Arguments Against Affirmative Action
Three Ethical Arguments Against Affirmative Action
Affirmative action harms its intended beneficiaries, that it punishes the most innocent and industrious of persons, and that it defies an essentially individualistic American work ethic -- it is imperative to abolish this truly racist practice.
Affirmative action policy advocates claim that their target is to aid previously persecuted minorities, yet, in reality, such initiatives harm their intended beneficiaries. Thomas Sowell, an African-American researcher at the Hoover Institute at Stanford, reveals that "today many Americans will refuse to visit a black physician or dentist because of their assumption that he or she was admitted both to medical school and to the position held through 'special preferences', set-aside quotas, and relaxed standards. The same is true for many other professionals and for other beneficiaries of 'affirmative action.'" Even if a minority professional is a qualified, rational practitioner, he or she will be shunned due to the stereotype, created by affirmative action, that he or she is a puppet of special interest wars.
Moreover, affirmative action punishes non-minority workers and students, many of whom are the most innocent and industrious of persons. According to libertarian activist Aaron Biterman of Endicott College, Massachusetts, through affirmative action "people are kept down because of the past actions of their ancestors. The innocent are punished because of what the guilty have done. At the University of California Davis in 2002, every 16 out of 100 openings were automatically given to minority students. What happens to white students who may be smarter than the minority students? The white students are left behind because, if they aren't left behind, 'racism' is screamed."
At the University of Michigan, according to Pepperdine University Economics Professor Stephen Yates, being black automatically counts 20 points toward admission, while a perfect SAT score earns only 12 points. The sins of some Caucasian people's fathers, for which current generations bear zero responsibility, are sufficient to deny white males today education and jobs for which they are more than capable, thus ruining their lives.
A third crucial reason for the abolition of this practice is that affirmative action defies an essentially individualistic American work ethic. Let us reflect upon those American Jews and Japanese Americans whom the FDR administration had either locked in concentration camps or denied entry into the United States. Biterman presents the following argument: "Are the Jews and Japanese asking for affirmative action? No. Because the Jews and the Japanese have made it in America through the only way you can make it in America: hard work, smart investing, and personal responsibility. Groups such as African-Americans, Hispanics, and women should learn from the experiences of their oppressed brethren." Skin color, gender, and ethnicity are inconsequential in a capitalist system; merit is consequential, and is the reason why Jews and Japanese are no longer "oppressed minorities", but happily thriving members of the "majority," however defined. On the contrary, affirmative action destroys the ethic of merit. Reporter Steven Plaut elaborates, "If a woman [or any 'minority member'] happens to be the most qualified person for a position, then she will be automatically hired by anyone whose self-interest [so] dictates.... There is no reason for quotas or double standards in hiring.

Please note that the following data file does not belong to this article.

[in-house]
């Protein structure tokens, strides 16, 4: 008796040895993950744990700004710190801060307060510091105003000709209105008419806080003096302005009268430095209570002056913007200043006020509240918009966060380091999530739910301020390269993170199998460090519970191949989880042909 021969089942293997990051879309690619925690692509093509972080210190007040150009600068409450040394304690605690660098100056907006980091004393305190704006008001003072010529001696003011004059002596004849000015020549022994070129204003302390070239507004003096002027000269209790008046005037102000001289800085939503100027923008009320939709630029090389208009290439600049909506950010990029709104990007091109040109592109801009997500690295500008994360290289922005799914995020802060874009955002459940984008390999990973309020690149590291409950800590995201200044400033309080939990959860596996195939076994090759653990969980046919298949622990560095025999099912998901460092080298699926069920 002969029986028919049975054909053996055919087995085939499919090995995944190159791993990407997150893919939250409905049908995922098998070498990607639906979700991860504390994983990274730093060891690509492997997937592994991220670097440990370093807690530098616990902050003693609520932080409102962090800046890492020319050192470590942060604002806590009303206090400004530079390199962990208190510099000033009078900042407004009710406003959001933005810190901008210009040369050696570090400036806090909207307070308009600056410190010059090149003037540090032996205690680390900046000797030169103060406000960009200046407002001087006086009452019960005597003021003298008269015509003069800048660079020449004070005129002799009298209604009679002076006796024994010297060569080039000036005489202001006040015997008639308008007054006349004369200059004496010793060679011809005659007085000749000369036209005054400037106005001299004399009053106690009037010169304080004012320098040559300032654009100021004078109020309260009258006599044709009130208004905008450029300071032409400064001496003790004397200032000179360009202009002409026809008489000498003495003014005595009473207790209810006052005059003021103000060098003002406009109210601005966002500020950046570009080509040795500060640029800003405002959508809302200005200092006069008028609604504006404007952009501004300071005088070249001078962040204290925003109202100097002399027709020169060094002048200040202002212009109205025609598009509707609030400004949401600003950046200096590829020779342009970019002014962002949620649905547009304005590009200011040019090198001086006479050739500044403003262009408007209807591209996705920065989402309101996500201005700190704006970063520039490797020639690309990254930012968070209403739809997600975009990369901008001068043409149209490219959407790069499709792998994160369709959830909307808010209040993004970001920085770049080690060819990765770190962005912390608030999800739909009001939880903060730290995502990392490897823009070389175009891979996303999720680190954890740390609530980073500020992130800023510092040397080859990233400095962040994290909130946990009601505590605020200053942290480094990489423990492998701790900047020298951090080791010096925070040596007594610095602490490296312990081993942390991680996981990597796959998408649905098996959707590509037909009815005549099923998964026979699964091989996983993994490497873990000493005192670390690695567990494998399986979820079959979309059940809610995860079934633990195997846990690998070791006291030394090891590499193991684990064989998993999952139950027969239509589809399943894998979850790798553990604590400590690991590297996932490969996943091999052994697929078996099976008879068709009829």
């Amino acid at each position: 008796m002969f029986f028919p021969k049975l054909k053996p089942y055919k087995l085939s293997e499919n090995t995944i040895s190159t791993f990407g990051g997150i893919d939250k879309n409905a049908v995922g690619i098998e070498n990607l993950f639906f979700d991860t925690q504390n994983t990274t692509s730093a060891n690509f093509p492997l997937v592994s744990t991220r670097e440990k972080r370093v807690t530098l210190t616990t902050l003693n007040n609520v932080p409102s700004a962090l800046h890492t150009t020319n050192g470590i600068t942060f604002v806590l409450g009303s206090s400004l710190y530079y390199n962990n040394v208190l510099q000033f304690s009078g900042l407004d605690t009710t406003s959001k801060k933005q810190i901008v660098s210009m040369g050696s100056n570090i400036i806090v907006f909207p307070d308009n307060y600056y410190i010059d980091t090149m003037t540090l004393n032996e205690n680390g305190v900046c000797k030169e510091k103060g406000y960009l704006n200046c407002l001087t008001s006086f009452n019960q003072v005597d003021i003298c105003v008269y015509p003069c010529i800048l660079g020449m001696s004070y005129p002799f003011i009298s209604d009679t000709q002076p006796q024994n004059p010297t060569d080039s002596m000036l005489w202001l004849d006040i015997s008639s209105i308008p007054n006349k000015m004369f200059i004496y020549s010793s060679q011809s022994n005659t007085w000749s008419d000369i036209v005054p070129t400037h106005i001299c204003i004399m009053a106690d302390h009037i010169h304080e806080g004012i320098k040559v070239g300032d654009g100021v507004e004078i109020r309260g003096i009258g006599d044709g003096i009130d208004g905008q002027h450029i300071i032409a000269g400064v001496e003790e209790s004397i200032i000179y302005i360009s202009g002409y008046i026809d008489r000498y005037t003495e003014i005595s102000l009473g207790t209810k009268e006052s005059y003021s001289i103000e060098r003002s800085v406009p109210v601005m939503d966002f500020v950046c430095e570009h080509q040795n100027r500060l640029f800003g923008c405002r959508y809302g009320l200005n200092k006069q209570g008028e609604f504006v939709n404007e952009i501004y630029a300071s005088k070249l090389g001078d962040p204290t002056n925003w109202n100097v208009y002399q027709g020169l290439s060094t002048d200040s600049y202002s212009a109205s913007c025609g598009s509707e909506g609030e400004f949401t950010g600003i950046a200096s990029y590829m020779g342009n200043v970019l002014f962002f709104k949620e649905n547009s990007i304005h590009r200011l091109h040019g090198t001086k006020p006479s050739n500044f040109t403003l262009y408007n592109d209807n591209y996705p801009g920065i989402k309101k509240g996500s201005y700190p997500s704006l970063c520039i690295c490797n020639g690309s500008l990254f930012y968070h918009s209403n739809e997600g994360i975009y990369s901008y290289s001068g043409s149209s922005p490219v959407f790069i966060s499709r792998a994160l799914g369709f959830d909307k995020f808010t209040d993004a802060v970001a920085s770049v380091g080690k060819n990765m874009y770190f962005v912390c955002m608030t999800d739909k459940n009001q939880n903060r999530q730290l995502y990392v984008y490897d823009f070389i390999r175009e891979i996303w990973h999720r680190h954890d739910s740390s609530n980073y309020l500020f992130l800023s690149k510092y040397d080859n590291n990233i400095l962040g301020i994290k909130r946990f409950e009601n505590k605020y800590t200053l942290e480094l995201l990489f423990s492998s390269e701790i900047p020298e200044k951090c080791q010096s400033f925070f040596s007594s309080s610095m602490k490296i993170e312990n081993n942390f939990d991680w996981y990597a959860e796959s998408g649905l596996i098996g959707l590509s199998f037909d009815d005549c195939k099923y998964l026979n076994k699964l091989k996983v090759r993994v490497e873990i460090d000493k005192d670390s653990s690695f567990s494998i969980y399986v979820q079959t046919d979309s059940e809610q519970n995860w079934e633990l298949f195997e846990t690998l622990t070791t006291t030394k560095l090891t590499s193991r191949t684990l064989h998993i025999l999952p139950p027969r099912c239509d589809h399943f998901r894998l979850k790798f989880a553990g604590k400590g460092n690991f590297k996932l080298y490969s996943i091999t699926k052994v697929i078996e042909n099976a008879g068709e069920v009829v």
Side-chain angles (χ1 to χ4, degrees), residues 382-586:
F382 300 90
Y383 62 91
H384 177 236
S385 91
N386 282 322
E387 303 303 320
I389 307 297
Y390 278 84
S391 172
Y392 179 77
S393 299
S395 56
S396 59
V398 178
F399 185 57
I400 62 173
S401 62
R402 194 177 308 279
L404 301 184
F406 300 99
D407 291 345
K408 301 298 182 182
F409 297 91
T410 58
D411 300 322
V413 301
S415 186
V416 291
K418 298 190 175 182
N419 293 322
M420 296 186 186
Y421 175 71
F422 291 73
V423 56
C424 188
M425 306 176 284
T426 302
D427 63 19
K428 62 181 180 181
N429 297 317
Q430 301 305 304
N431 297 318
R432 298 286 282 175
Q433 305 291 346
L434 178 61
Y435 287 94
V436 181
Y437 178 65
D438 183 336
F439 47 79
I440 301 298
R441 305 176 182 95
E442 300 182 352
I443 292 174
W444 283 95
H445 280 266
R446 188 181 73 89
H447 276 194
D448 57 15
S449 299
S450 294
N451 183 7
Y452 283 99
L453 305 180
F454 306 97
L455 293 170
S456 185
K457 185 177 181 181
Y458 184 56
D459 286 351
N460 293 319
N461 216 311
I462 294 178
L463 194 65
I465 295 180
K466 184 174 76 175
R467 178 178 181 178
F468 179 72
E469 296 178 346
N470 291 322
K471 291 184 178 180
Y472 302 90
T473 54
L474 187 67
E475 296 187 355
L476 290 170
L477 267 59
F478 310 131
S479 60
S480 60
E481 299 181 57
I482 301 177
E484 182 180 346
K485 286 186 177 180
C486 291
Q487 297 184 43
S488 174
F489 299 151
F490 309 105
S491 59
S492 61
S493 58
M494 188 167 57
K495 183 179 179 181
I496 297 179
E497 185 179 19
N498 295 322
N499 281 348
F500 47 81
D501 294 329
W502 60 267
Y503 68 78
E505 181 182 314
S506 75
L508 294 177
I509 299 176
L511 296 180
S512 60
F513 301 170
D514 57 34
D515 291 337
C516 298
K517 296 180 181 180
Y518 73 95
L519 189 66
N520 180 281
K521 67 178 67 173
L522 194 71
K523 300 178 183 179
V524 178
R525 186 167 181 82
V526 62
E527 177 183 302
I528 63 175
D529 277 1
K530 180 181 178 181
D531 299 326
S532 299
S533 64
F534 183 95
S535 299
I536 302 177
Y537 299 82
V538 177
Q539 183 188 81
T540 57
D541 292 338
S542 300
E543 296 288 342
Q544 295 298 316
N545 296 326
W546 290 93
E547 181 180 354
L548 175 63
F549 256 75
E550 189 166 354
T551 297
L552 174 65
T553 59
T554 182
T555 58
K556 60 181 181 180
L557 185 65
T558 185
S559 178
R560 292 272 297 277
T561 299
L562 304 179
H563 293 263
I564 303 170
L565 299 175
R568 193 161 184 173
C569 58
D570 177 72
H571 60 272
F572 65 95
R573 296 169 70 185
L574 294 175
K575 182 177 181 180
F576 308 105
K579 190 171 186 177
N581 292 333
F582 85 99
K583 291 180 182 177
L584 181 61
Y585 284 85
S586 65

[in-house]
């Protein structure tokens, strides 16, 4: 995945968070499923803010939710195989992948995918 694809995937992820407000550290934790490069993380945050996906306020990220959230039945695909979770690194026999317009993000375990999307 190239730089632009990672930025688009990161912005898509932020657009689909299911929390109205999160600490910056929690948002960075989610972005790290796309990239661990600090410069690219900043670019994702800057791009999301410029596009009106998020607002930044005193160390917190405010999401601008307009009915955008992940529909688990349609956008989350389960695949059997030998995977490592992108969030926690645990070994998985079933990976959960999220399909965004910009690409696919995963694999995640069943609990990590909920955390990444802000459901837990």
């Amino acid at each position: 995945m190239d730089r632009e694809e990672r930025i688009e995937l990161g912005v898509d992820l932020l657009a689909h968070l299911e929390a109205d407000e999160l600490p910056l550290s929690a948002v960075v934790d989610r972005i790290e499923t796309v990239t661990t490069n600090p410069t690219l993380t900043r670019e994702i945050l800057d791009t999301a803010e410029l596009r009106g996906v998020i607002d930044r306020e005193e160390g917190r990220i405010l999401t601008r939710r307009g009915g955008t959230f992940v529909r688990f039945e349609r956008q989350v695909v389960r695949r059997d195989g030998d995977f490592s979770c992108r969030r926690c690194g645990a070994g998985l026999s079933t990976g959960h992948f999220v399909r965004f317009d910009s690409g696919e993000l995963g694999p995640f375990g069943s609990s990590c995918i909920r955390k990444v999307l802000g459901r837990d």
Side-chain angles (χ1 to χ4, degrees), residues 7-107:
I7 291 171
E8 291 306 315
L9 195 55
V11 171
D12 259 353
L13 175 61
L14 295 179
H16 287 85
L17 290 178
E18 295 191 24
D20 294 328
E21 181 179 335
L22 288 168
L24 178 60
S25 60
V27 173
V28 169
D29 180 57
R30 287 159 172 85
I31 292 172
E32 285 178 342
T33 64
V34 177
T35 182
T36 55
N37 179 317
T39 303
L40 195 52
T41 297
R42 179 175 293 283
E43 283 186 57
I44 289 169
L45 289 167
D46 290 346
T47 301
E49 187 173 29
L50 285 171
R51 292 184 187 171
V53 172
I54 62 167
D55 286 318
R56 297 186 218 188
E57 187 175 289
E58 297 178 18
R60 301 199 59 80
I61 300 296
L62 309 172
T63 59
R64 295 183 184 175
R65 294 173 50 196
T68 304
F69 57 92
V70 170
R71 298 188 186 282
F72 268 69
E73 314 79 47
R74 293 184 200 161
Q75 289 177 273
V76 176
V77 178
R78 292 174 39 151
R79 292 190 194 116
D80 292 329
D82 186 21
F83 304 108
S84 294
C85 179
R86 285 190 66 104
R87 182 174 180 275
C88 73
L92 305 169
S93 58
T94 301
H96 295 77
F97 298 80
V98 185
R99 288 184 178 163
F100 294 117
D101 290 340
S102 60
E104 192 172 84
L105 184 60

Such quotas ensure only one thing: that the person hired will not be the most qualified. After all, that is the whole point of reverse discrimination!"
"I have a dream that my four little children shall one day inhabit a world where they will be judged not by the color of their skin, but by the content of their character." Let us at last heed the words of Dr. King, champion of a color-blind culture, and encourage judgment only based on one's individual merit in matters of education and employment. Because affirmative action harms its intended beneficiaries, punishes the most innocent and industrious of persons, and defies an essentially individualistic American work ethic, it may be time to terminate this practice.